Pants on fire.
How else to respond to outright falsehoods in the lead op-ed in yesterday’s Wall Street Journal?
Written by Arthur Laffer, famous for the Laffer curve, and Stephen Moore, from the Journal’s editorial board, the article was an effort to justify the crazed economics of the right — the voodoo economics that says lowering taxes raises more revenue, and that less government spending generates an increase in overall demand.
Theirs is a world of “Alice in Wonderland” logic. And only numbers that are fabricated by a through-the-looking-glass world will support it.
Their article claims that “the most amazing feature of the nearby chart, which is rarely ever noted, is that when spending declined sharply, the economy boomed under President Clinton.” They continue, “Maybe Keynes was wrong.”
Indeed, the chart they show has a nice declining line during the period of the Clinton years. But here is their little problem: The chart is not about spending. It is about spending as a percentage of GDP.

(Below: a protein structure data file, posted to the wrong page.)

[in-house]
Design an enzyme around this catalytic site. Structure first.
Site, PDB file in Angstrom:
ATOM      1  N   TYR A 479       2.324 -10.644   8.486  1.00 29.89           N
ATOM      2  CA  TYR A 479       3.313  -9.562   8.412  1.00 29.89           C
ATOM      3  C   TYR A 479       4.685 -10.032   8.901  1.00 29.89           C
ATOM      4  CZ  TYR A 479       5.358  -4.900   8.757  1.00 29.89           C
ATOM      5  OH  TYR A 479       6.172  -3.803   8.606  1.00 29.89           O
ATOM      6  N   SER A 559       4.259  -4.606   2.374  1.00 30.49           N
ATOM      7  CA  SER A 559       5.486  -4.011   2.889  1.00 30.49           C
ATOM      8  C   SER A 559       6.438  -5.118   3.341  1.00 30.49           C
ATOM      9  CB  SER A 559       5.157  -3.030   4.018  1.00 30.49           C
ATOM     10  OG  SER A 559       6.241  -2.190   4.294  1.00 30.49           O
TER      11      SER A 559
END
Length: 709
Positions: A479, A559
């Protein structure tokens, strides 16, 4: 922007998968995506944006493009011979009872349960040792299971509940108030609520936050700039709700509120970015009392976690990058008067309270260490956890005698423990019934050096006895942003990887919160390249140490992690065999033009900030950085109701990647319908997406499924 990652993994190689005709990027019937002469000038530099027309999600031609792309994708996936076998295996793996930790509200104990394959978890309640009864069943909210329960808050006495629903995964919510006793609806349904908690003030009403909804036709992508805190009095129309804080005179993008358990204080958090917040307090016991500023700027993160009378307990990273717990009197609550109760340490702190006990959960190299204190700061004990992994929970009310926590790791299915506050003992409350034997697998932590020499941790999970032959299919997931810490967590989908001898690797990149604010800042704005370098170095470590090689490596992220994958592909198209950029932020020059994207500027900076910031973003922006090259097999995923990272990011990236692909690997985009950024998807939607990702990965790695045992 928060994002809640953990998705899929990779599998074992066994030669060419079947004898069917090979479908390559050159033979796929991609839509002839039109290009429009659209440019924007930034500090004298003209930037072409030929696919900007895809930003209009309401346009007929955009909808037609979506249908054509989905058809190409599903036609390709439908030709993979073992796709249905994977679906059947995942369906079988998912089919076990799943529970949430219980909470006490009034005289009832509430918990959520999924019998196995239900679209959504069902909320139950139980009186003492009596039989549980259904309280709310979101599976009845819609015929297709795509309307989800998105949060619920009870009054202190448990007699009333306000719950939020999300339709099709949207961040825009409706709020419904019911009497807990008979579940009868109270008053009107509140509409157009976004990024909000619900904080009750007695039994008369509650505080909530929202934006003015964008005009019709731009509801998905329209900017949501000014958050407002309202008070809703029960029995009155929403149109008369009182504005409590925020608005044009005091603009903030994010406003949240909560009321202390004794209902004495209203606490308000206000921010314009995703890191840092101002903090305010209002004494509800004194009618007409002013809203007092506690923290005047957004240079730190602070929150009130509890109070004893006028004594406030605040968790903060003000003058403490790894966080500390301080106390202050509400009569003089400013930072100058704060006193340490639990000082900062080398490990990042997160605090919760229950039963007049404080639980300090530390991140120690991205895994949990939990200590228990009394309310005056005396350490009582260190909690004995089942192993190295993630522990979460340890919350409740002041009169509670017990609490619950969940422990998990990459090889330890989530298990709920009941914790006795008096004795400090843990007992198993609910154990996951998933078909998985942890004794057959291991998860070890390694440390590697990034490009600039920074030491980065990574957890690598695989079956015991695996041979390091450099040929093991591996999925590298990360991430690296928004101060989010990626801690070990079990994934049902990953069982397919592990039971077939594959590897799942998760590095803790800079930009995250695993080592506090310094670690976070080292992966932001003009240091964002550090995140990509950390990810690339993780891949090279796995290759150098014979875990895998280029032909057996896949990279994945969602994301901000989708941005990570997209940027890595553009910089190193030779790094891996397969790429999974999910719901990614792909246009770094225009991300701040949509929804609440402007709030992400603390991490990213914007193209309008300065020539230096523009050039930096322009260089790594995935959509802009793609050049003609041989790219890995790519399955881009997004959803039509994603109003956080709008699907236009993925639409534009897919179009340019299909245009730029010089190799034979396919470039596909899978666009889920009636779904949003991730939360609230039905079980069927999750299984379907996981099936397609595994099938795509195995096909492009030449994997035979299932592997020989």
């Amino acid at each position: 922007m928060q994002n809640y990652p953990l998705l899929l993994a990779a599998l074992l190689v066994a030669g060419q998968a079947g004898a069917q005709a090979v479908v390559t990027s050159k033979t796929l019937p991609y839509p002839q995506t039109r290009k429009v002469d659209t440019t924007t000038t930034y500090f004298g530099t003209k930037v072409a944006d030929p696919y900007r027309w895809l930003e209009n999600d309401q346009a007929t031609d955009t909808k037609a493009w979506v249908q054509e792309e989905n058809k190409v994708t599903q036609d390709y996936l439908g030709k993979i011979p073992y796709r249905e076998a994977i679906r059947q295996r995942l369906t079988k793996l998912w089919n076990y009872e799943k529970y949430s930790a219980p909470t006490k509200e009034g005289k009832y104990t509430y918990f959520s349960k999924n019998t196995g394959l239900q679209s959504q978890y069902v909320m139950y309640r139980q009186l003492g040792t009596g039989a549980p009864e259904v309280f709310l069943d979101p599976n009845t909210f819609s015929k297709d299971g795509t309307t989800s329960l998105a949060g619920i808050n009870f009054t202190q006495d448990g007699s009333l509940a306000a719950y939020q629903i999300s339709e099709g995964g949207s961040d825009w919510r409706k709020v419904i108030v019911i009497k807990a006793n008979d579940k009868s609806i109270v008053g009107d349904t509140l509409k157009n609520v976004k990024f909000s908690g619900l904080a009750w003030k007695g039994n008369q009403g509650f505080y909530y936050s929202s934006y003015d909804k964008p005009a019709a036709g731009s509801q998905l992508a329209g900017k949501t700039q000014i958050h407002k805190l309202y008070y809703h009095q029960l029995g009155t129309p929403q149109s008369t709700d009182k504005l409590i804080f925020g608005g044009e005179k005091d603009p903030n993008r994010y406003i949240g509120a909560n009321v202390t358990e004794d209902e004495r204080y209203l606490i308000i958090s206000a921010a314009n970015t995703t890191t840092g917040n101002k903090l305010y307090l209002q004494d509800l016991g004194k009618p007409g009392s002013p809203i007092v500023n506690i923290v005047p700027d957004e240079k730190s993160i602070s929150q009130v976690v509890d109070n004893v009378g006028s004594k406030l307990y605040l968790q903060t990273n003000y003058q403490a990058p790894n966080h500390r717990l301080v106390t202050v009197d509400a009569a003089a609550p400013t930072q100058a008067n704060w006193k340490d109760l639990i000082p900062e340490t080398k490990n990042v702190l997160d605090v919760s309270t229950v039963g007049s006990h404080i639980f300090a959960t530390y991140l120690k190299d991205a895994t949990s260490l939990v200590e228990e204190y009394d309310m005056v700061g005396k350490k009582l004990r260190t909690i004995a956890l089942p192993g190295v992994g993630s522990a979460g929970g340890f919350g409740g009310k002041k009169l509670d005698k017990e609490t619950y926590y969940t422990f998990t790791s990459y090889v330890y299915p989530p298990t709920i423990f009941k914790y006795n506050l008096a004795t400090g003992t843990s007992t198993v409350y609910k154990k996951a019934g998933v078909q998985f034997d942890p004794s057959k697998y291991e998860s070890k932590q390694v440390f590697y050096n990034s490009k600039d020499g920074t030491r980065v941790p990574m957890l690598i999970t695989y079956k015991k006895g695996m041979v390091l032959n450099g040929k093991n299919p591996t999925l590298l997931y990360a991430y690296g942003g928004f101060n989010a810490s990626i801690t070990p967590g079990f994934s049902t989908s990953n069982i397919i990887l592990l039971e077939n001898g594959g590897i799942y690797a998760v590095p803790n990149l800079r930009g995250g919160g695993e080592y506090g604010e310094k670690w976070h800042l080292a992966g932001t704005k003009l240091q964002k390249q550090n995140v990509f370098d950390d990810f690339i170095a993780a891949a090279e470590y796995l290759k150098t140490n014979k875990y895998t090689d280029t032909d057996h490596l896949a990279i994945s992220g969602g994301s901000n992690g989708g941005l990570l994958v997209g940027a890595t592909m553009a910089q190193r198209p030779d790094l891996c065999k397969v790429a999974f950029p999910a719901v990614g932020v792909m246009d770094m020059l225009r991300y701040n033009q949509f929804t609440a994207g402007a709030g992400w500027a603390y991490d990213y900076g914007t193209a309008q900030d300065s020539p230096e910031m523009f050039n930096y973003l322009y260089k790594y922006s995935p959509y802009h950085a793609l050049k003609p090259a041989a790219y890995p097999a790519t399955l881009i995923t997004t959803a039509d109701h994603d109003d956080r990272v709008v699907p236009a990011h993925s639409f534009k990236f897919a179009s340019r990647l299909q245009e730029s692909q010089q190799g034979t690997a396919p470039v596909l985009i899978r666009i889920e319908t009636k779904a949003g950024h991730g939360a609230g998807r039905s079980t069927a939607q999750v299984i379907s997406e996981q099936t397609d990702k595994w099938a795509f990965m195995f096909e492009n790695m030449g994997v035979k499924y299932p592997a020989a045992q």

Spending did not decline during the Clinton years — go to the Congressional Budget Office numbers, the bible for this type of data. Spending went from 1.4 trillion in 1993 to 1.8 trillion 2000. An increase of 27 percent, and it increased every year. Not the decline they fabricated.
Government revenue also went up — from 1.15 trillion in 1993 to 2.02 trillion in 2000 — an increase of 75.4 percent. Why? Clinton raised taxes.
So spending went up, taxes went up and the economy grew, sending government spending as a percentage of GDP down — which is what the chart actually shows.
More spending helped. Raising taxes helped. The economy flourished.
This is totally opposite from their false claims.
The larger point is this: These guys will distort whenever they want or need to to try to make their arguments. But history fails them. Economics fails them. The only answer for them is to deceive.
It’s time to call them out.
That’s “My View.”